The poverty rate soared for families headed by single mothers last year
Despite a strong labor market in 2022, the poverty rate for families headed by single mothers soared, according to a new analysis provided first to Axios.
Why it matters: That's due to the expiration of key pandemic-era benefits, including the child tax credit.
- Women and children face disproportionate poverty and hardship in the U.S., writes Shengwei Sun, a senior research analyst at the National Women's Law Center, who wrote the report.
Zoom in: Sun analyzed the U.S. Census Bureau's supplemental poverty measure, which looks at the share of the population with income below the poverty line and takes into account paychecks, SNAP benefits, and tax credits.
By the numbers: The overall supplemental poverty rate increased to 12.4% from 7.8%, while child poverty more than doubled, the September census data showed.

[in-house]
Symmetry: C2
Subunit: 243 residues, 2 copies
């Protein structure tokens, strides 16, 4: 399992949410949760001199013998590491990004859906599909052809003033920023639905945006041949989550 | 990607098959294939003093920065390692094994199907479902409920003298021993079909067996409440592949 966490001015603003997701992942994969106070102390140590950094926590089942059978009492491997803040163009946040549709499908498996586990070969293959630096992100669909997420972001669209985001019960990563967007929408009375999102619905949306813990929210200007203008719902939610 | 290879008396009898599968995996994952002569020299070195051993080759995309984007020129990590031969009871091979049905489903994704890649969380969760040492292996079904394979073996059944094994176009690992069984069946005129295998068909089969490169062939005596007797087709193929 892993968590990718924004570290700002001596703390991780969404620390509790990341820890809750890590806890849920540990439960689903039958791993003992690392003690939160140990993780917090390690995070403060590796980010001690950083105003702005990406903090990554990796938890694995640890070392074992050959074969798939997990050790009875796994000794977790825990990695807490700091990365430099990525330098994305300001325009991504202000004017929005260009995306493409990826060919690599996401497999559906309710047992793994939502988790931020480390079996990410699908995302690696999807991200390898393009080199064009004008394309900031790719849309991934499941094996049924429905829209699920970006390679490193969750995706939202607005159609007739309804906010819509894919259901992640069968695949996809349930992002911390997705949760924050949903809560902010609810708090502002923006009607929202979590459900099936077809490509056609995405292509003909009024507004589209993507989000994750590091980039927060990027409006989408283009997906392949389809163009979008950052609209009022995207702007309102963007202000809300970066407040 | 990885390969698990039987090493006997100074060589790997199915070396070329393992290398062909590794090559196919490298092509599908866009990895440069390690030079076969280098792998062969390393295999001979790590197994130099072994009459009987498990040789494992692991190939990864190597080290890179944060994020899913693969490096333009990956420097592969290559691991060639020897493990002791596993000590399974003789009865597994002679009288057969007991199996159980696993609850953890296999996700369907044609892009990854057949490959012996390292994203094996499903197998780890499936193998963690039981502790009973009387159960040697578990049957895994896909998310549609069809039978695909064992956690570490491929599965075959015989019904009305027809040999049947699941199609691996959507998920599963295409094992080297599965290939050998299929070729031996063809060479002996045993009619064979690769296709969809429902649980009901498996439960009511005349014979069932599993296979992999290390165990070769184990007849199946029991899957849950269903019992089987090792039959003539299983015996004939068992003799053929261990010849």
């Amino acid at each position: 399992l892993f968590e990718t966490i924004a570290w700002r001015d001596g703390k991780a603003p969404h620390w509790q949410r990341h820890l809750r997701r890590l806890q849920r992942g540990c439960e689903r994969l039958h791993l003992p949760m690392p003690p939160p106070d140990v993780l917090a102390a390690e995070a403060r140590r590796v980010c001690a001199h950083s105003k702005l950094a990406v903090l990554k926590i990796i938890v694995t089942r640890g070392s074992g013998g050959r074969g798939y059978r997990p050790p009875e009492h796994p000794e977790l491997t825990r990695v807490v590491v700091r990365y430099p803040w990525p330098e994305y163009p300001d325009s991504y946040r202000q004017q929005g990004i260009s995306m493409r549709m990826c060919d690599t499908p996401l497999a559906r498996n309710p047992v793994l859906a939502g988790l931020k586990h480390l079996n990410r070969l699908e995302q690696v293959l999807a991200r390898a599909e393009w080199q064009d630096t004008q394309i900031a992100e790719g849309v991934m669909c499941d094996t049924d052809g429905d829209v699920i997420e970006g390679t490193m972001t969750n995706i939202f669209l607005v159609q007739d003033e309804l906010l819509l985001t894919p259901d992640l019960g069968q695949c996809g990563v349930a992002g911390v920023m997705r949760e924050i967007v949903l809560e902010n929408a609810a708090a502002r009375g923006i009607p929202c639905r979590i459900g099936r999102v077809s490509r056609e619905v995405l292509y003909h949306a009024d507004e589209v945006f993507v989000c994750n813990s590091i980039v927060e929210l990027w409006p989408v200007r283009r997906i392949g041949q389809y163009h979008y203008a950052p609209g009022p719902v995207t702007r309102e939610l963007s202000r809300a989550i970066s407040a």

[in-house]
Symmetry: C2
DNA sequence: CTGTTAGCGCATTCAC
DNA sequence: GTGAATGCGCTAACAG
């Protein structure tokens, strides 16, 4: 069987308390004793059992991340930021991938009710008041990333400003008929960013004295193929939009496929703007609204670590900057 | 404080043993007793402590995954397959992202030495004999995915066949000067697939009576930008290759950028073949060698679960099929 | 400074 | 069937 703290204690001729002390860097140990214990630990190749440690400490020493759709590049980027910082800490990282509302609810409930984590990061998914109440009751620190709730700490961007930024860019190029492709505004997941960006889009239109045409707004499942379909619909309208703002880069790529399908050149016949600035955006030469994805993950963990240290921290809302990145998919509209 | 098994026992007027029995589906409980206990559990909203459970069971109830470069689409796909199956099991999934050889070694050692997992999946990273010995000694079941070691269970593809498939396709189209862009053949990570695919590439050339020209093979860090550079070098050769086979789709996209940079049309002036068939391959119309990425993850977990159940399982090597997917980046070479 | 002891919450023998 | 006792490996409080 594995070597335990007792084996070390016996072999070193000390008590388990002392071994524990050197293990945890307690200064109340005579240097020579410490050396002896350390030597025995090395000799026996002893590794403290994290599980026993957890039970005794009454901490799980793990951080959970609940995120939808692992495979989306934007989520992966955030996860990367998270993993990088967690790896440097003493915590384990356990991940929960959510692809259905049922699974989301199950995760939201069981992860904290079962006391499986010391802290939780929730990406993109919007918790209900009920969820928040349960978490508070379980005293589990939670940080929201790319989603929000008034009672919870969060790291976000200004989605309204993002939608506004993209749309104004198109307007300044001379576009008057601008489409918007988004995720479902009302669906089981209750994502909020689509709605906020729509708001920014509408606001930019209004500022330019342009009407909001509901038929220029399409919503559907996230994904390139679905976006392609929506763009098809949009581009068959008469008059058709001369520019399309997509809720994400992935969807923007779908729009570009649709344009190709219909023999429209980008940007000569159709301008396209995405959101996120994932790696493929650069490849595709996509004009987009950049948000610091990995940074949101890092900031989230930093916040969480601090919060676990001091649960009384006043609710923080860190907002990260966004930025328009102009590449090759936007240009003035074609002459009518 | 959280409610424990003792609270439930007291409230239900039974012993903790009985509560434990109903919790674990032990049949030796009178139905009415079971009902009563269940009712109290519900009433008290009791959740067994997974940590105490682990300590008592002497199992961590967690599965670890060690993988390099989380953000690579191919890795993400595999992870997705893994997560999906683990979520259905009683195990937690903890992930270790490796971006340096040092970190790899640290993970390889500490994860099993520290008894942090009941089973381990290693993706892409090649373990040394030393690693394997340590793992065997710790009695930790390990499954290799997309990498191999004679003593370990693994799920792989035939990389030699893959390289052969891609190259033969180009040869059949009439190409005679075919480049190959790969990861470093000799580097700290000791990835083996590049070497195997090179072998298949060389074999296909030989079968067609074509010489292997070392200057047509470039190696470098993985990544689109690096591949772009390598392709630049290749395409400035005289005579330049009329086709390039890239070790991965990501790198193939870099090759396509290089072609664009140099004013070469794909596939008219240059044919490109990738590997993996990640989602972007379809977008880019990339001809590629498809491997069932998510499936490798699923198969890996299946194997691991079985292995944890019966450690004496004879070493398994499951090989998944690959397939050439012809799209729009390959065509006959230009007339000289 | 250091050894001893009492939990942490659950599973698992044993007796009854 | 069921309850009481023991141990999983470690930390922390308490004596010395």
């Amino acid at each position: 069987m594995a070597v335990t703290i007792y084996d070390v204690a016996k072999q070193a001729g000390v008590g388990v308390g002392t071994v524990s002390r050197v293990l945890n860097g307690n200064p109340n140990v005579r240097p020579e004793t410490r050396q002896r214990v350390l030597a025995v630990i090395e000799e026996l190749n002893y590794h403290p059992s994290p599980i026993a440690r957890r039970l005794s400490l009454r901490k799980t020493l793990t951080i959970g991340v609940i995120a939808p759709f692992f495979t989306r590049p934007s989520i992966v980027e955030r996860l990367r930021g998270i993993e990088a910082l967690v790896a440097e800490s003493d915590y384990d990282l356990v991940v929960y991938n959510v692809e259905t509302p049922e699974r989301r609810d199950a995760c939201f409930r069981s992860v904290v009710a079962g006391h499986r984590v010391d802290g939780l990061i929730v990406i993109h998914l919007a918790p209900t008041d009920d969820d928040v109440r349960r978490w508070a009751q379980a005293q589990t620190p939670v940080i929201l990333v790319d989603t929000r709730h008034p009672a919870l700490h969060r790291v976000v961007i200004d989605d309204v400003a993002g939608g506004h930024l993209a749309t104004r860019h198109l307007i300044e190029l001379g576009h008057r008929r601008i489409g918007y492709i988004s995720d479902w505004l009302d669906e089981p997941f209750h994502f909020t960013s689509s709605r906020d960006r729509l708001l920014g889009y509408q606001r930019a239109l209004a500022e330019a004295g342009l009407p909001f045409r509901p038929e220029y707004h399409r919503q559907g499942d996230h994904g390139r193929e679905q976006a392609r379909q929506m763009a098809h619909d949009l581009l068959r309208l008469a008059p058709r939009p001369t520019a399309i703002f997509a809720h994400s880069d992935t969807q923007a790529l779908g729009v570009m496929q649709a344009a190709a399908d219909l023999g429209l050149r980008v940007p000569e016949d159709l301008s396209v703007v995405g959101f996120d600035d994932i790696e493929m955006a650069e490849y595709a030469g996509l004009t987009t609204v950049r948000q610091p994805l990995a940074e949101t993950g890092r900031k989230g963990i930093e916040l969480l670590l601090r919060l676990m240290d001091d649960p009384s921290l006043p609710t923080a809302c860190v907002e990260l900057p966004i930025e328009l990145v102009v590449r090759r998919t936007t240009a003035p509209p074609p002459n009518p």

- Sun found that the rate for households headed by a single father rose to 16.2% from 9.5%, a much smaller increase than for single mothers.
Zoom out: A recent book from economist Melissa Kearney drew attention to the role that family structure plays in families' economic outcomes — households headed up by one parent face enormous cost challenges, especially for childcare — arguing for strengthening two-parent households.
- But the left-leaning NWLC report argues that the fix isn't pushing couples into marriage or cohabitation.
- Rather, the U.S. meaningfully moved the needle on poverty for single mothers and children by deploying those pandemic-era benefits, the data show.